A week later she woke up to see Madison sitting by her bedside, telling her that her fever had finally broken. Now that the fever had passed, she was able to be awake for longer periods and keep a small conversation. But she still had to remain in her bed, so Mama or Madison would come and keep her entertained all day.
Almost fully recovered, Liberty decided it was time to ask Madison what had happened. She told Madison she remembered going skating and her accident, but had no idea what happened after.
Madison’s clear blue eyes looked out the window for a few moments before she took a deep breath. “Liberty, you’re not going to like to hear this, but there are two unlikely heroes in your tale?”
“Two? Unlikely? Whatever do you mean? I remember Alex being there, but he’s not an unlikely hero, is he?” Liberty asked, perturbed.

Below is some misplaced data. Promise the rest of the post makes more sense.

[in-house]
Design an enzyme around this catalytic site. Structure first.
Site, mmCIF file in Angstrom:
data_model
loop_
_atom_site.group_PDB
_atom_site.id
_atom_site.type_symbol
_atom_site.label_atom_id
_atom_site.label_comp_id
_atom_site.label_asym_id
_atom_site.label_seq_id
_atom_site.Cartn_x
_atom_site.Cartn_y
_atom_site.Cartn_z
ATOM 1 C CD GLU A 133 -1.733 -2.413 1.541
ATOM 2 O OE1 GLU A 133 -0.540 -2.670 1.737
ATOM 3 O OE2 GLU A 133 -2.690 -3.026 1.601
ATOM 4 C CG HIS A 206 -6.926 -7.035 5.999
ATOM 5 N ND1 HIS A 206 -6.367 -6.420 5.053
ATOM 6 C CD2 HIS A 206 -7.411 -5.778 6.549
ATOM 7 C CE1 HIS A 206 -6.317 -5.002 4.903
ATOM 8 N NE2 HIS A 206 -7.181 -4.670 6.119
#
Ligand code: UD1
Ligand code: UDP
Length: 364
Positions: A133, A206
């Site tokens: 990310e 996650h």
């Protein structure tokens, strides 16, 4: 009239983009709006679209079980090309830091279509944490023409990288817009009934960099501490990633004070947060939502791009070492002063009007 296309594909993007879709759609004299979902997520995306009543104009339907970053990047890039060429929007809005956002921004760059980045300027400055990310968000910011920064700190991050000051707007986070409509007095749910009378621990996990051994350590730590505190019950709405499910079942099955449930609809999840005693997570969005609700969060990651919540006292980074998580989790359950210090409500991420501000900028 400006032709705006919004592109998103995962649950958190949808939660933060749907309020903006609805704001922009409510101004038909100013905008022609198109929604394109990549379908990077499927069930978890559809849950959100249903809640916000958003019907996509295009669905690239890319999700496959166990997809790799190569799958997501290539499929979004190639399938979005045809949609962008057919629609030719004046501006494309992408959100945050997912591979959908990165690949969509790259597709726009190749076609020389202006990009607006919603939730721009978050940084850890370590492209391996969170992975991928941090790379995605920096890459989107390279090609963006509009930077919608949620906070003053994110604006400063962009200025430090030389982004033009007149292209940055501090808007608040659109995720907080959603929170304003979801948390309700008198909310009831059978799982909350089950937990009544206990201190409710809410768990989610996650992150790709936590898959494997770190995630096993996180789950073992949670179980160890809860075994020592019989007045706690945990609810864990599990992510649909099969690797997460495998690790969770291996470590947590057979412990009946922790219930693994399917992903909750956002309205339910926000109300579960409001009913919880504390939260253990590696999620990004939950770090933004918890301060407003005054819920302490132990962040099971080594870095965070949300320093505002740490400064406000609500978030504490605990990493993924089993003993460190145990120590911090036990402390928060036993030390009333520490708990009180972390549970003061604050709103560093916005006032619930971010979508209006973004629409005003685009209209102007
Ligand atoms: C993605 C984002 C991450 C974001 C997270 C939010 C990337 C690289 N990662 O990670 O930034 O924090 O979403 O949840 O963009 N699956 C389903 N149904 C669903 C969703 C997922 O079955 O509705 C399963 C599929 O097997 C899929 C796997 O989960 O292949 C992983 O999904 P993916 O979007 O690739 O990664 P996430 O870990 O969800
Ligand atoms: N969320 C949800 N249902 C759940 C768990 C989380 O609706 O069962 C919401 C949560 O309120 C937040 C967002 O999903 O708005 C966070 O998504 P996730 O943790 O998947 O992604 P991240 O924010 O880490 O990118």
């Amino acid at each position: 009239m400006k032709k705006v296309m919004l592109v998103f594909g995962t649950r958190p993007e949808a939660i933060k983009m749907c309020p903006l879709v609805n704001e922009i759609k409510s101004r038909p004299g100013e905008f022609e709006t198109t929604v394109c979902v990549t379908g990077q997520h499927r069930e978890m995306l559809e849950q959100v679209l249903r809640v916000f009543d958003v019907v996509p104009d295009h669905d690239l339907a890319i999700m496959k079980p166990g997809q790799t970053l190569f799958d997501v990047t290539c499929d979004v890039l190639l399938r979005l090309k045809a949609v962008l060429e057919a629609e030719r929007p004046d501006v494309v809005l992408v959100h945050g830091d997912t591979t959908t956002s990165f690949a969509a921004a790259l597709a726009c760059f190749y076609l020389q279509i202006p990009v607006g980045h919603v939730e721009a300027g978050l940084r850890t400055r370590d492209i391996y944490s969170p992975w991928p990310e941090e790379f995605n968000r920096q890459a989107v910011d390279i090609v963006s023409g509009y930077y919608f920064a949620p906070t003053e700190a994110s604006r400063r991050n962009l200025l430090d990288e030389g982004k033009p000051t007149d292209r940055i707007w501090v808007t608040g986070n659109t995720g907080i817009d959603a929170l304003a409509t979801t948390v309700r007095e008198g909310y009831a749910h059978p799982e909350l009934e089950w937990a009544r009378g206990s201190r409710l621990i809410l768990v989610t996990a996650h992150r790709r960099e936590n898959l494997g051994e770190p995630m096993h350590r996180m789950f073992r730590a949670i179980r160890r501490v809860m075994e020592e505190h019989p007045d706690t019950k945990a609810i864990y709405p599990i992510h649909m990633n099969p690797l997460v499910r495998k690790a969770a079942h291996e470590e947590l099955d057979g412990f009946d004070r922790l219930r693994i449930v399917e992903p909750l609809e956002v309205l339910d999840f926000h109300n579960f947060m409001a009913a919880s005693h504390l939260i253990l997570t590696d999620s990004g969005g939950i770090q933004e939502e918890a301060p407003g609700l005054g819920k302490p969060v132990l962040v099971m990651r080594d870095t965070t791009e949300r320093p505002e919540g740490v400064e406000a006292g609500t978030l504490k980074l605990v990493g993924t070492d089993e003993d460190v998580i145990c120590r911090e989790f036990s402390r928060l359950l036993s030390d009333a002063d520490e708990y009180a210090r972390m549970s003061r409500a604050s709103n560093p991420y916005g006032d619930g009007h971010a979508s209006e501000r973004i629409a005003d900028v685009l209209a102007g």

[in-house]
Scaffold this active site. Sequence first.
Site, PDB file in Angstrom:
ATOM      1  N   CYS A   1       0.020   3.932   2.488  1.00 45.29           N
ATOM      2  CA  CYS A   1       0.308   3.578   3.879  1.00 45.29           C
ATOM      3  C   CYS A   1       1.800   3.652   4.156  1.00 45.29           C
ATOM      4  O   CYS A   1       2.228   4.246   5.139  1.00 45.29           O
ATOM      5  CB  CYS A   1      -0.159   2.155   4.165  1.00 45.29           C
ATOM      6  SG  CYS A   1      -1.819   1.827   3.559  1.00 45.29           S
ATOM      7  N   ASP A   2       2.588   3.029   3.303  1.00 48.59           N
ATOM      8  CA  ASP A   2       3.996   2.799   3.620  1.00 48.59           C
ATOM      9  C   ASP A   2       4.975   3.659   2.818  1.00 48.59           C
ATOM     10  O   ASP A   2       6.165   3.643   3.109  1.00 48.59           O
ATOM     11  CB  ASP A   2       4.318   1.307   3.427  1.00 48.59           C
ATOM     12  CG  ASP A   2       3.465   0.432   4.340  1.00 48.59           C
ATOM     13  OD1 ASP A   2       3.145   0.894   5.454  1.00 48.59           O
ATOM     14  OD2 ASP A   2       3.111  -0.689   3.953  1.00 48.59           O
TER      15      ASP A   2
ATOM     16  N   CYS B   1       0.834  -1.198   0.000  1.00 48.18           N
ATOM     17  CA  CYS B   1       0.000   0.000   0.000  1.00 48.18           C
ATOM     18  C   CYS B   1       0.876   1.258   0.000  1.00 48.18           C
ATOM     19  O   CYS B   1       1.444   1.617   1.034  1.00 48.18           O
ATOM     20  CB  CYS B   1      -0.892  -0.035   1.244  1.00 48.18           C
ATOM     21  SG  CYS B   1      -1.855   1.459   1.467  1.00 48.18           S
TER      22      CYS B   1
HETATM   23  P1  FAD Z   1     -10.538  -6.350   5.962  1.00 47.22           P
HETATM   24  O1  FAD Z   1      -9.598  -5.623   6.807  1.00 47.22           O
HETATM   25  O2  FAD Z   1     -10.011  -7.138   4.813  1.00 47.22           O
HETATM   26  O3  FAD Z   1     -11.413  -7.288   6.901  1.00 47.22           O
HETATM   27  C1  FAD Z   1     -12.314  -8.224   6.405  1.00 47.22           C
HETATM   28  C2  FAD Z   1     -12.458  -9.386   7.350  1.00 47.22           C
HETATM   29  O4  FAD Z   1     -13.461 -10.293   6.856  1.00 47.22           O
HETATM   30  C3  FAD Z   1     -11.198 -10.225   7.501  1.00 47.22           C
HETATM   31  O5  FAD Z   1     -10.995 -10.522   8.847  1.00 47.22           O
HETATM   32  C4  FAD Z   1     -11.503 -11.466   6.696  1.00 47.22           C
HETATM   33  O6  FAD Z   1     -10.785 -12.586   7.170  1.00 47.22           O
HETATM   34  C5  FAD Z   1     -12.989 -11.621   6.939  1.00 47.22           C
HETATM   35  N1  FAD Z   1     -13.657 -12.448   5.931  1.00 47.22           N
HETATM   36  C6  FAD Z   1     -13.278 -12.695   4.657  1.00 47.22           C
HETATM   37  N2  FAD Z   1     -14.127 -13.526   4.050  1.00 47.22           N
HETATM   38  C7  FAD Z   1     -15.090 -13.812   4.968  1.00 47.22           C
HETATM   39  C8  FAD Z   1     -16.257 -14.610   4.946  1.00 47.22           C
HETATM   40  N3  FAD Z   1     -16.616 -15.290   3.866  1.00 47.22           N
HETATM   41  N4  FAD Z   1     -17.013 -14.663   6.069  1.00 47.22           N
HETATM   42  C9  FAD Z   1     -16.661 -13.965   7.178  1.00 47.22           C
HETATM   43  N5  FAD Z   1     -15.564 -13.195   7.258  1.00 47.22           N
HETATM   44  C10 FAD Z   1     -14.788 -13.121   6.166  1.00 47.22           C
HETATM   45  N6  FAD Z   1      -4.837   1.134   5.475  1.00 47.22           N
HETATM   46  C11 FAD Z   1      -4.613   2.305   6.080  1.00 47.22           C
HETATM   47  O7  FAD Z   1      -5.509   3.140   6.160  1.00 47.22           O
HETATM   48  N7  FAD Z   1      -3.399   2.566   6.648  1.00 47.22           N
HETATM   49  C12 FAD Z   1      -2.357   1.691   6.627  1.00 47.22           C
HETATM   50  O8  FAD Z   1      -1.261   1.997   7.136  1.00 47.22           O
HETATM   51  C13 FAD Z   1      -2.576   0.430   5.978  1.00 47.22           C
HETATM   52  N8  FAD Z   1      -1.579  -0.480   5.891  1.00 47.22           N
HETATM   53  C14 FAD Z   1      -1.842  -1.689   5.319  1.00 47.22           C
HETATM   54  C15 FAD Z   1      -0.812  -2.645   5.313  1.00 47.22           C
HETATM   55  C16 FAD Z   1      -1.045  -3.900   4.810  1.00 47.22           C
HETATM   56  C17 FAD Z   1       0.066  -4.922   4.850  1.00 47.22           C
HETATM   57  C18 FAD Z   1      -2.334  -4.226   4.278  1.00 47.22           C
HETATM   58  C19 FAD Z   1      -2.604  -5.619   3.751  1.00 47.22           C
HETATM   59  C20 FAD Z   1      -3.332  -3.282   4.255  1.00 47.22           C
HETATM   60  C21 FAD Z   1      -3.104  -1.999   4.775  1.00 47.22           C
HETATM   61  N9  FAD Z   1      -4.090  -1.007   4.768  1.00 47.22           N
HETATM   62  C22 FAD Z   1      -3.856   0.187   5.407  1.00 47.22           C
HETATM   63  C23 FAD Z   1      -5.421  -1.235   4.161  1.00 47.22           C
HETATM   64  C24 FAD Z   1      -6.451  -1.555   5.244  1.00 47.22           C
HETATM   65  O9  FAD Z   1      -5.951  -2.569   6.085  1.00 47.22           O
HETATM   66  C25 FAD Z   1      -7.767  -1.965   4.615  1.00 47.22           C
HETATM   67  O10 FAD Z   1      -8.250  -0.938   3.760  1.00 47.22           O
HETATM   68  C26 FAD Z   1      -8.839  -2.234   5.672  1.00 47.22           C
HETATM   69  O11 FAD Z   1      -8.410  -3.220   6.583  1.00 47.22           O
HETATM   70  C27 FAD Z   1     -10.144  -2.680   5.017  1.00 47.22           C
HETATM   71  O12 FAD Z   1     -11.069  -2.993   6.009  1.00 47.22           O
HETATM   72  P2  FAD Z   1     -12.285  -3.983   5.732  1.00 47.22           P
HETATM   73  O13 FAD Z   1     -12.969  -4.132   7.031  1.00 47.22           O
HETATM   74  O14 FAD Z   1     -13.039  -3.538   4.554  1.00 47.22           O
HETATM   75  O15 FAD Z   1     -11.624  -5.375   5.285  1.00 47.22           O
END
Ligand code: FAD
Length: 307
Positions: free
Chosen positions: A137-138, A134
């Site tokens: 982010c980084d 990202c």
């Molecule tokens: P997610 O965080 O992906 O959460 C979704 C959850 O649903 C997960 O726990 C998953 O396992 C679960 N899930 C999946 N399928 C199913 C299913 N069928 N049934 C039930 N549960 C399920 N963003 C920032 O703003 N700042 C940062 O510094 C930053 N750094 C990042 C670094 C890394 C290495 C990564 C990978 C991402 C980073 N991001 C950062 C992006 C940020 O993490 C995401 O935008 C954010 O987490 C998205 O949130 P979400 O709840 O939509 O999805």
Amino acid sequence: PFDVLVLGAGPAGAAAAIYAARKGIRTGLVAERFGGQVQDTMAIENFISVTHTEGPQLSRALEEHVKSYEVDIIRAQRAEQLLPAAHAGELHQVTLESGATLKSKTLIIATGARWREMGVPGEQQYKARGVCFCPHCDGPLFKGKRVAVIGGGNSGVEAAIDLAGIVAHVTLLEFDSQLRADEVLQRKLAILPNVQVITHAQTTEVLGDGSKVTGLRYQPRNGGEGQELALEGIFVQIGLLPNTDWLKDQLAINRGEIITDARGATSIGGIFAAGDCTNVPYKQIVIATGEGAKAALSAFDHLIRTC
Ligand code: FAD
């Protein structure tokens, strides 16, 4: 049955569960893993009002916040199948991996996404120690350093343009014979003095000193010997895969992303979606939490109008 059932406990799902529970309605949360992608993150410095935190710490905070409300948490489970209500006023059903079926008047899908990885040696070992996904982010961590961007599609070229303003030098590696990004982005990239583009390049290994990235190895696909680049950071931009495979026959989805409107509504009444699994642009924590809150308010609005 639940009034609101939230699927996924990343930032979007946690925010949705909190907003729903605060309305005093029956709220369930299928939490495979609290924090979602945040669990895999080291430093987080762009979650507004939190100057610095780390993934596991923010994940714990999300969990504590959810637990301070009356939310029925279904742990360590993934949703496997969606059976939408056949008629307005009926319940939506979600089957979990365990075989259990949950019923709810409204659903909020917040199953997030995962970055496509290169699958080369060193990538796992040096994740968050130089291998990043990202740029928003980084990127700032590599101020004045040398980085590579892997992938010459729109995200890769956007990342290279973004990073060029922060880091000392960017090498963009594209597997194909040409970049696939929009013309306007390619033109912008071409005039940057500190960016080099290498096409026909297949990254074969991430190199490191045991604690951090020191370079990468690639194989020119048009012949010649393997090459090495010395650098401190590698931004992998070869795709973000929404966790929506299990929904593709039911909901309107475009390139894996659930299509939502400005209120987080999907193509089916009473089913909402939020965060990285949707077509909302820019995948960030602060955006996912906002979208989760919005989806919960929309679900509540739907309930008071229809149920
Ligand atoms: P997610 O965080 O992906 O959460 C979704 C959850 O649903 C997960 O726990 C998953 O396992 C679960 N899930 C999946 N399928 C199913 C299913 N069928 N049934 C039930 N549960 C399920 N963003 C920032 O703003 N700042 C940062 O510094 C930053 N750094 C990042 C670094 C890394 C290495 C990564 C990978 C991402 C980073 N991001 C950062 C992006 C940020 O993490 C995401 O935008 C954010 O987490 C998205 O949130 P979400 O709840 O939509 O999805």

“Yes, Alex was there. However, he fell in, too. The Duke of Gateway pulled you both out,” Madison said evenly, tucking one of her blonde curls behind her ear.
Liberty couldn’t believe it. That man hardly knew she existed. They had barely ever spoken. What she did know about him though was he was the worst kind of man there ever could be. He never did anything to be nice, and some—most—considered him to be very dangerous and not a man you’d want to be indebted to. Liberty shivered.
“Who was the other?” she asked curiously. If Gateway was one of her unlikely heroes, who else could it possibly be? Nobody was more unlikely than Gateway.
“Mr. Grimes,” Madison said quietly.
“That’s impossible,” Liberty snapped, crossing her arms across her chest. “That man wasn’t even there. He was at his weekly visit with Papa. And anyway, he wouldn’t help me unless his very life depended on it.”
“That’s not true,” Madison said softly. “I know you don’t like him, but there’s no reason for you not to like him. He’s actually a very nice man once you get to know him.”
Liberty scowled. “You can get to know him all you like. My opinion of him hasn’t changed. He is a filthy scoundrel who wants my virtue.” Liberty inclined her chin an inch. “But he shall not get it.”